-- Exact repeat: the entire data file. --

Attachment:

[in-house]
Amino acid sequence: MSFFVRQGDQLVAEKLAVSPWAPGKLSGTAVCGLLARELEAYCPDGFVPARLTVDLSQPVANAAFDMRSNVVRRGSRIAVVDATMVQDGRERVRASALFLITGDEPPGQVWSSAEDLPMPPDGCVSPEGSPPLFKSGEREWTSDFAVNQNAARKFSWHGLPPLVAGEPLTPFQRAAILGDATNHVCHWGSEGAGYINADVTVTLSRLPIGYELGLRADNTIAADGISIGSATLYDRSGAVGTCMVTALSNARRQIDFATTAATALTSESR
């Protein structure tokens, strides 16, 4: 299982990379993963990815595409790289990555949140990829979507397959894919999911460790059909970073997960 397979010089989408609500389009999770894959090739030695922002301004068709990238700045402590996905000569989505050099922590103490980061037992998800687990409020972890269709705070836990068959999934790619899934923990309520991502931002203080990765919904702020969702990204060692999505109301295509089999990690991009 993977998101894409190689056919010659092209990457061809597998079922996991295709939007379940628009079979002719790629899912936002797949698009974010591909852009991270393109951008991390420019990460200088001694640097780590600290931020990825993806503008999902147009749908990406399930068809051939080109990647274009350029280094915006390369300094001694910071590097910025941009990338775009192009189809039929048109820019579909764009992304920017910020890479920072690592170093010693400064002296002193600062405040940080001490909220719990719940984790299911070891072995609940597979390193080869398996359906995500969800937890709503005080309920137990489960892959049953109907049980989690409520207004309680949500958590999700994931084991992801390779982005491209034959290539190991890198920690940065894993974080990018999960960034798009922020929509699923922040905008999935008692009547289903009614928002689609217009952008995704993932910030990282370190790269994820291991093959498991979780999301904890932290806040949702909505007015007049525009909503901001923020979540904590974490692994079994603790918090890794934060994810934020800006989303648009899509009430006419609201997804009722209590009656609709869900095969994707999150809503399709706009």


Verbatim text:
[in-house]
Amino acid sequence: MSFFVRQGDQLVAEKLAVSPWAPGKLSGTAVCGLLARELEAYCPDGFVPARLTVDLSQPVANAAFDMRSNVVRRGSRIAVVDATMVQDGRERVRASALFLITGDEPPGQVWSSAEDLPMPPDGCVSPEGSPPLFKSGEREWTSDFAVNQNAARKFSWHGLPPLVAGEPLTPFQRAAILGDATNHVCHWGSEGAGYINADVTVTLSRLPIGYELGLRADNTIAADGISIGSATLYDRSGAVGTCMVTALSNARRQIDFATTAATALTSESR
């Protein structure tokens, strides 16, 4: 299982990379993963990815595409790289990555949140990829979507397959894919999911460790059909970073997960 397979010089989408609500389009999770894959090739030695922002301004068709990238700045402590996905000569989505050099922590103490980061037992998800687990409020972890269709705070836990068959999934790619899934923990309520991502931002203080990765919904702020969702990204060692999505109301295509089999990690991009 993977998101894409190689056919010659092209990457061809597998079922996991295709939007379940628009079979002719790629899912936002797949698009974010591909852009991270393109951008991390420019990460200088001694640097780590600290931020990825993806503008999902147009749908990406399930068809051939080109990647274009350029280094915006390369300094001694910071590097910025941009990338775009192009189809039929048109820019579909764009992304920017910020890479920072690592170093010693400064002296002193600062405040940080001490909220719990719940984790299911070891072995609940597979390193080869398996359906995500969800937890709503005080309920137990489960892959049953109907049980989690409520207004309680949500958590999700994931084991992801390779982005491209034959290539190991890198920690940065894993974080990018999960960034798009922020929509699923922040905008999935008692009547289903009614928002689609217009952008995704993932910030990282370190790269994820291991093959498991979780999301904890932290806040949702909505007015007049525009909503901001923020979540904590974490692994079994603790918090890794934060994810934020800006989303648009899509009430006419609201997804009722209590009656609709869900095969994707999150809503399709706009």